It is not uncommon for minority shareholders to find themselves feeling hopeless in circumstances where they feel “bullied” by their majority shareholders in business relations. Within the company’s structure itself, internal politics and conflicts often occur – not only at a board level, but also within the different ranks of its shareholders.
Shareholders may want to dispose of their shares for various reasons, including either a breakdown in business relations or being prohibited from actively exercising their rights. These circumstances can be especially detrimental where minority shareholders find themselves being prejudiced by the majority shareholders.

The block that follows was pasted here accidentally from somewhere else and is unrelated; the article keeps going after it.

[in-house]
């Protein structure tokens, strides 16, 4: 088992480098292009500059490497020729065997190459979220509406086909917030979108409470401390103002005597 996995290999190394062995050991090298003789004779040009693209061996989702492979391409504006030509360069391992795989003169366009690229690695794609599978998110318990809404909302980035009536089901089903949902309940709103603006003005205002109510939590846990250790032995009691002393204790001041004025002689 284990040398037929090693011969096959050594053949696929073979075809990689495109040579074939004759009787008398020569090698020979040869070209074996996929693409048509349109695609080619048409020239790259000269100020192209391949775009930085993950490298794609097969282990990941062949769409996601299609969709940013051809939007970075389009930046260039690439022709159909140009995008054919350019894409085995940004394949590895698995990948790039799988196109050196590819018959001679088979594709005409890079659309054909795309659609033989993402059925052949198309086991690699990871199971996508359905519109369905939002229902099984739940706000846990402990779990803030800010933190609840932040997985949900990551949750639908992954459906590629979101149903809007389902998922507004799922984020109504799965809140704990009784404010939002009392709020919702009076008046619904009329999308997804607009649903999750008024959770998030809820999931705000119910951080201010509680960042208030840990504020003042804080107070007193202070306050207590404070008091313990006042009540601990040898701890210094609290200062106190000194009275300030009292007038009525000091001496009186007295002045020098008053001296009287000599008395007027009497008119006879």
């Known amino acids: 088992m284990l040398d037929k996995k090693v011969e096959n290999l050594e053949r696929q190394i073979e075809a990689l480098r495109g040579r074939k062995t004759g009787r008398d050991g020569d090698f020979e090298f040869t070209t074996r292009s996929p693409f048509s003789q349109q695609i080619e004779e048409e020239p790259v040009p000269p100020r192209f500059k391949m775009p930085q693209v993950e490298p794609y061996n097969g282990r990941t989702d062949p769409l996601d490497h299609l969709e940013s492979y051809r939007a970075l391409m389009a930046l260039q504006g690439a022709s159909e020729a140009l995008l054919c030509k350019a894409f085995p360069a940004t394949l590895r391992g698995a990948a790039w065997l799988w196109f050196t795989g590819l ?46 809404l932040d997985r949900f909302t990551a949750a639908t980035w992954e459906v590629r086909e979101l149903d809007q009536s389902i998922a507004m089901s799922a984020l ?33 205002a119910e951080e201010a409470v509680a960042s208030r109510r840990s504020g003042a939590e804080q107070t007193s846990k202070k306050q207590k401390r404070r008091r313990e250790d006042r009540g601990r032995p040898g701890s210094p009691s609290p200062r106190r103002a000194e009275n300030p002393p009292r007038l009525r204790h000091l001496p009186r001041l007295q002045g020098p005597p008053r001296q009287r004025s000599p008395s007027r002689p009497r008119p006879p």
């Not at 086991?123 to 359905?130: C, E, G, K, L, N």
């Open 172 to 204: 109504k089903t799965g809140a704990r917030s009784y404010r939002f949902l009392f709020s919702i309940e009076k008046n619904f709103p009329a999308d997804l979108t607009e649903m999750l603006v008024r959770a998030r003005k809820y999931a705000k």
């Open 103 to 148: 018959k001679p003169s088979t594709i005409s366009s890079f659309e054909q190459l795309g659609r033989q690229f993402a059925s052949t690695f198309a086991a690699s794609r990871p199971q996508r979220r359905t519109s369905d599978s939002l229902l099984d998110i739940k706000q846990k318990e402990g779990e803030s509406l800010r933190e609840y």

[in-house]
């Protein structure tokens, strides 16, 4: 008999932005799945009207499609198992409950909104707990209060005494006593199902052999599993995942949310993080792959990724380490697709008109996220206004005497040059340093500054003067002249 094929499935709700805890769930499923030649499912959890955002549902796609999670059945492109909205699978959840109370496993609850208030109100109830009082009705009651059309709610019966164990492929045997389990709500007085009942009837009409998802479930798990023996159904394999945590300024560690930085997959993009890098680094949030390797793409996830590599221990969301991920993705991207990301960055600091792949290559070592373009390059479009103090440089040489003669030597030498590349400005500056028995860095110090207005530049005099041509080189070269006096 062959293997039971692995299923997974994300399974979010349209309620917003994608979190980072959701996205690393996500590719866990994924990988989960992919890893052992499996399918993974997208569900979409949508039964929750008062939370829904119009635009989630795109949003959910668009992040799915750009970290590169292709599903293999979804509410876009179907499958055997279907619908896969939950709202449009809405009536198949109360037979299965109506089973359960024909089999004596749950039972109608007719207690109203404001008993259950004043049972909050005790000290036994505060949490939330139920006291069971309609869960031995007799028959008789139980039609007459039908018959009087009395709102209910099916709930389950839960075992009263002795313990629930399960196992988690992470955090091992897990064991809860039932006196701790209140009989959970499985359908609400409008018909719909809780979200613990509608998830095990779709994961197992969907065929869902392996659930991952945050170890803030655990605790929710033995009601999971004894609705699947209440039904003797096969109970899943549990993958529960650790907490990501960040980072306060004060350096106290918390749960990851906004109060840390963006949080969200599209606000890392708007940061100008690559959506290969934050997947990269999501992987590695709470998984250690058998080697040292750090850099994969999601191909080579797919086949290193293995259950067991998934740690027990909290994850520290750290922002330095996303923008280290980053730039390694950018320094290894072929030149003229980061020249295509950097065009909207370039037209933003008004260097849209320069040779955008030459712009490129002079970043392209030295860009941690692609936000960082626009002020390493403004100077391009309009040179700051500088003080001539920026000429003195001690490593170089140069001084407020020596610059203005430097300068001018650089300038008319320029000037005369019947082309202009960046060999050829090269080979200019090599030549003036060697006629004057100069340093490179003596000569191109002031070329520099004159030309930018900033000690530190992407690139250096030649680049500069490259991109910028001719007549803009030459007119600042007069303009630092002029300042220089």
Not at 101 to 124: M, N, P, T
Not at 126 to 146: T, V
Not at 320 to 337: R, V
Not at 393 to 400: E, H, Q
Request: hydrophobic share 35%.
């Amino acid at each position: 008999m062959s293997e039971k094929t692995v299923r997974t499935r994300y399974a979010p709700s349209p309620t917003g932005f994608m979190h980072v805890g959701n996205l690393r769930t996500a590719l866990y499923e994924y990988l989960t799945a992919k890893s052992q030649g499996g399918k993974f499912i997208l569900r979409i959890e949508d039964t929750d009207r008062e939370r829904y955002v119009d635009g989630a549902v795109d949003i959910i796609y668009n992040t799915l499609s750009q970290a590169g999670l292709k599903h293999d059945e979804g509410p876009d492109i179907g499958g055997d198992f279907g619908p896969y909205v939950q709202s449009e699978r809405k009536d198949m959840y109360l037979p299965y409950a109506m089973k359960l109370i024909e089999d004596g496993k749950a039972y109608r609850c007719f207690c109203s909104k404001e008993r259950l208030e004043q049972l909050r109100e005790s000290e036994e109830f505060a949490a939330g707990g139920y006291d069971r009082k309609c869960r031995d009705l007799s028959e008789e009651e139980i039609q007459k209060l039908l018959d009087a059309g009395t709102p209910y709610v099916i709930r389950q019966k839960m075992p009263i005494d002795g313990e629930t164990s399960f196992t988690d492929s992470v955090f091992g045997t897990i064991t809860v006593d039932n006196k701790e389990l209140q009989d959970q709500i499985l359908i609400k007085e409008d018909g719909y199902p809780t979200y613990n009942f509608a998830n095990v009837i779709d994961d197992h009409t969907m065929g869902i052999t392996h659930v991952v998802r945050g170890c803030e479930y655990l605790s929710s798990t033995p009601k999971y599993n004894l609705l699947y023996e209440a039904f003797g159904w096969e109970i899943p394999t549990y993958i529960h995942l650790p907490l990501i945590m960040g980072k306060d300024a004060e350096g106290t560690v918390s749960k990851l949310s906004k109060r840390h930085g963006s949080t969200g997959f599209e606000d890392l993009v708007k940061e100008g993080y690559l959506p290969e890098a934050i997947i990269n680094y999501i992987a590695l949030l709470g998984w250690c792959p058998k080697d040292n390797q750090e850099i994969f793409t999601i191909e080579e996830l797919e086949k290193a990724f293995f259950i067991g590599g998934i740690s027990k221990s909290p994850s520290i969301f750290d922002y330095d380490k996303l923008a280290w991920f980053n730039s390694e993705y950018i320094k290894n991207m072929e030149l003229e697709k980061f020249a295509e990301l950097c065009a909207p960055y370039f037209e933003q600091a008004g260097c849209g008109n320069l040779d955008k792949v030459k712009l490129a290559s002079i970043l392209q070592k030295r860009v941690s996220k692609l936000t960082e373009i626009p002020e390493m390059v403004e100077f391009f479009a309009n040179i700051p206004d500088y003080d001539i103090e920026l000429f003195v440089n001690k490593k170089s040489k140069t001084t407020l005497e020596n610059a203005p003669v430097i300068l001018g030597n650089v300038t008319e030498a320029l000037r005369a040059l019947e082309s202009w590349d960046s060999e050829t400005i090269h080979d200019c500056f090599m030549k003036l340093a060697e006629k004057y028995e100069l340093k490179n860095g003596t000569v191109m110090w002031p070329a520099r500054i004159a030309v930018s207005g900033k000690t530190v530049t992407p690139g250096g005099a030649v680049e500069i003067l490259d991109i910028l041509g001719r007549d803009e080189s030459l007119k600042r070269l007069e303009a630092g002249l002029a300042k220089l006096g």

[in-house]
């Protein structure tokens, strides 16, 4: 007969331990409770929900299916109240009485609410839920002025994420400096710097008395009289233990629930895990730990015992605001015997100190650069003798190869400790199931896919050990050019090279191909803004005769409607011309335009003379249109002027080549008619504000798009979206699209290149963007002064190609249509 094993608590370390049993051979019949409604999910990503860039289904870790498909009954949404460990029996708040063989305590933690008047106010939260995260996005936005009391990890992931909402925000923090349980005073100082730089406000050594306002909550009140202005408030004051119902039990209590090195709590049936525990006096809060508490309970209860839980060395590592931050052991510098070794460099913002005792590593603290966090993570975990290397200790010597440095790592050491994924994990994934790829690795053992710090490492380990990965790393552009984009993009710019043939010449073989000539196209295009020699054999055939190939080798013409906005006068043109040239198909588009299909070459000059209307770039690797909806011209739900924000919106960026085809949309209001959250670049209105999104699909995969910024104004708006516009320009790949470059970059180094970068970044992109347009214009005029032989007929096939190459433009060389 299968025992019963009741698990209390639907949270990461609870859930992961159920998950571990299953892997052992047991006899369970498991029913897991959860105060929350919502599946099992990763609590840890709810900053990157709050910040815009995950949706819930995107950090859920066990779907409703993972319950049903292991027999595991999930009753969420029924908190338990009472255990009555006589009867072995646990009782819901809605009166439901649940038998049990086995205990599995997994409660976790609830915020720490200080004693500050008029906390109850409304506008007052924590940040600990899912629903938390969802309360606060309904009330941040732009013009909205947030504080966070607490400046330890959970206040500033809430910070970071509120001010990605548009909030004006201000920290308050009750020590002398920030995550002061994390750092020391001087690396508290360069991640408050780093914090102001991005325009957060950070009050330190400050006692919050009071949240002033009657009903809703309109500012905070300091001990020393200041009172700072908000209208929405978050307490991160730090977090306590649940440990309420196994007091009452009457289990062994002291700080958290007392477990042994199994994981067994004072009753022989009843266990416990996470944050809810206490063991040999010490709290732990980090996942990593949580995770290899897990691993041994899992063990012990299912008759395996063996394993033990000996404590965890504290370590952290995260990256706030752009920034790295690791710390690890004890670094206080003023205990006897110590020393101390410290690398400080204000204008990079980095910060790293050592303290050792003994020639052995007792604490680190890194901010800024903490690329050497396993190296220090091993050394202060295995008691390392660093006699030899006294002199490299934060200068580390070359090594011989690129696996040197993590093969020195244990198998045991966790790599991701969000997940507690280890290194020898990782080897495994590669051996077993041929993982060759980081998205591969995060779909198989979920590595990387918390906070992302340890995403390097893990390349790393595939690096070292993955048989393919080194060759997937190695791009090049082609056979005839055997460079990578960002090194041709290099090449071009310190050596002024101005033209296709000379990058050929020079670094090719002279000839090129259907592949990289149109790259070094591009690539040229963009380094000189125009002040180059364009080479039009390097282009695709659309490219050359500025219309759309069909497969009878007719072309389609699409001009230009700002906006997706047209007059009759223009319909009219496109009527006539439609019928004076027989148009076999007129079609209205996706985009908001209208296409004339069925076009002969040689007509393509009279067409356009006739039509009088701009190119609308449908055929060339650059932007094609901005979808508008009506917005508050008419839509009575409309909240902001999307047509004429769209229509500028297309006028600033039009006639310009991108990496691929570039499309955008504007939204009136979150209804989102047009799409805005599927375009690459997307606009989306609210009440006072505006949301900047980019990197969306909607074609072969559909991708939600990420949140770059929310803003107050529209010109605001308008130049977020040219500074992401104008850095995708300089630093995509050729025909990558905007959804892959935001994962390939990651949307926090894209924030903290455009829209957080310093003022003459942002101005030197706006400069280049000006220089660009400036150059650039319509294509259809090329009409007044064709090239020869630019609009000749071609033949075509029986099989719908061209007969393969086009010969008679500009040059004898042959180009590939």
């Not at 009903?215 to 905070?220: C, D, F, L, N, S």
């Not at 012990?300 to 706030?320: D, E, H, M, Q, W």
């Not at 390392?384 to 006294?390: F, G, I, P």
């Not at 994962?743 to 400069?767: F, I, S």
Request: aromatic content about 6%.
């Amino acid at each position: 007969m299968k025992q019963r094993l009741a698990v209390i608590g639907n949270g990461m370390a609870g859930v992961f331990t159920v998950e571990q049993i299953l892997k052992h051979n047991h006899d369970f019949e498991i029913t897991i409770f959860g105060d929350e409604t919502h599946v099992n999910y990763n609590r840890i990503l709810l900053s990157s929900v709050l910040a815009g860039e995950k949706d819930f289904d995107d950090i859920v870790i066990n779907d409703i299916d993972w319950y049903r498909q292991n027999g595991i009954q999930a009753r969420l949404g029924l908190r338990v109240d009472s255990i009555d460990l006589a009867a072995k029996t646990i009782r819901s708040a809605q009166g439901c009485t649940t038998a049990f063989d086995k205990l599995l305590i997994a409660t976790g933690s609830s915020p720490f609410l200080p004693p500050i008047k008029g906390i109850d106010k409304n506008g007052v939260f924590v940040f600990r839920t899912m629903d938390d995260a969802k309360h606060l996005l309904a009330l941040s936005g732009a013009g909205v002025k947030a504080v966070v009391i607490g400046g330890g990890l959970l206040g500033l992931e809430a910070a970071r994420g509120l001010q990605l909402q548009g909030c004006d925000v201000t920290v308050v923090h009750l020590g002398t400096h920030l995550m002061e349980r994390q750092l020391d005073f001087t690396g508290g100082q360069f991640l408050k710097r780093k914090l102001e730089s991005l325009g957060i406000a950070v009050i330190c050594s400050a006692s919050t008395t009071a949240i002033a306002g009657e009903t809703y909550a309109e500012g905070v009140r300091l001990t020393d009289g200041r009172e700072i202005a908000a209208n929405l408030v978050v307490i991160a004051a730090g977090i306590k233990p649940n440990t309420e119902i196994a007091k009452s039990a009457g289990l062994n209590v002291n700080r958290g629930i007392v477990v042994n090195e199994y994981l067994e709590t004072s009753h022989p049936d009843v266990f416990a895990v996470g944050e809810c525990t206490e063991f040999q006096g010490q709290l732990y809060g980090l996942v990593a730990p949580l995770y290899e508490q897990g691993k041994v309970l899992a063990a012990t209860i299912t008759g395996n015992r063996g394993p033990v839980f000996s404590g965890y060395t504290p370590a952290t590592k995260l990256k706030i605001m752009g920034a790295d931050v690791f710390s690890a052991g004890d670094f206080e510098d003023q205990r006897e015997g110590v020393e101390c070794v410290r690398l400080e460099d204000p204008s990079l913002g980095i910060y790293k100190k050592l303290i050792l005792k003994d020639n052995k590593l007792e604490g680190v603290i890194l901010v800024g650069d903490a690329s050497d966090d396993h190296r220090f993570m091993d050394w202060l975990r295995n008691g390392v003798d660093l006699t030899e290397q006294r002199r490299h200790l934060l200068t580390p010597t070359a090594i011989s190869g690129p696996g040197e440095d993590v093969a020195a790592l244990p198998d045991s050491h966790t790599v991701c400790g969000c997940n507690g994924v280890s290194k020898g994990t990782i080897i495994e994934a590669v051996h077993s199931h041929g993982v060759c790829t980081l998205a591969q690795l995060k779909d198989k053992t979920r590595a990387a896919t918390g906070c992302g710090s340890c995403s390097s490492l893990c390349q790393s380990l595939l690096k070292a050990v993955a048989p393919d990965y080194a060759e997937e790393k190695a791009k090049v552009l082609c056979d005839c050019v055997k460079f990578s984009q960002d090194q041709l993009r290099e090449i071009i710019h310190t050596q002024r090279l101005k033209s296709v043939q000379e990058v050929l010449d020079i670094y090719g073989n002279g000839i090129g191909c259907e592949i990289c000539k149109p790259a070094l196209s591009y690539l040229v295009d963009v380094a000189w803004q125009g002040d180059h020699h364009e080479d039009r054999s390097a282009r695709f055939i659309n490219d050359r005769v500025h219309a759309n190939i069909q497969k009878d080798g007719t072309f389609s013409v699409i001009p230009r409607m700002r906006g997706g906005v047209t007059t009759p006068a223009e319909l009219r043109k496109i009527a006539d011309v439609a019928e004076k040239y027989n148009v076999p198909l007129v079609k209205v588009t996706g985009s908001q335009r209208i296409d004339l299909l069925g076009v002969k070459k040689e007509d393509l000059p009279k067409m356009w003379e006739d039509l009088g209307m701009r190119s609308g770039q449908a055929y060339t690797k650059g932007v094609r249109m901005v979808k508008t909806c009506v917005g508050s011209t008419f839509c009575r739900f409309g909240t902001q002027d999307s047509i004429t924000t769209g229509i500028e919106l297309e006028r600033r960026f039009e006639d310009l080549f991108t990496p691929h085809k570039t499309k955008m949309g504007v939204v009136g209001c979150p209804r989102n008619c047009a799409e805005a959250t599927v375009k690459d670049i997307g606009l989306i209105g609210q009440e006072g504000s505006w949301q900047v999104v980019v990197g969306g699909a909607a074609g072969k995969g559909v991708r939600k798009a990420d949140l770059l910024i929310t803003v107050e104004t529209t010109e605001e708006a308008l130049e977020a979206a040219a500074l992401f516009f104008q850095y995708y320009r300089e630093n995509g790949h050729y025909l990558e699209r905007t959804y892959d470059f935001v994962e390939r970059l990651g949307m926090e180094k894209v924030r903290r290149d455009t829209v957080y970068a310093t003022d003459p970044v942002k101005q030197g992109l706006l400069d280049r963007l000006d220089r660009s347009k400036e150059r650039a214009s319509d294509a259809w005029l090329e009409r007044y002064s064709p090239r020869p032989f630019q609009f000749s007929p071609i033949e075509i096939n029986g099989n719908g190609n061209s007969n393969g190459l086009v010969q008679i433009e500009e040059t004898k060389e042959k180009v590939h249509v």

Luckily, legislative recourse is available to these minority shareholder groups, offered by section 163 of the Companies Act 71 of 2008, which provides for the protection of shareholders’ rights. Prior to the 2008 Act, prejudicial conduct was regulated by section 252 of the Companies Act 61 of 1973.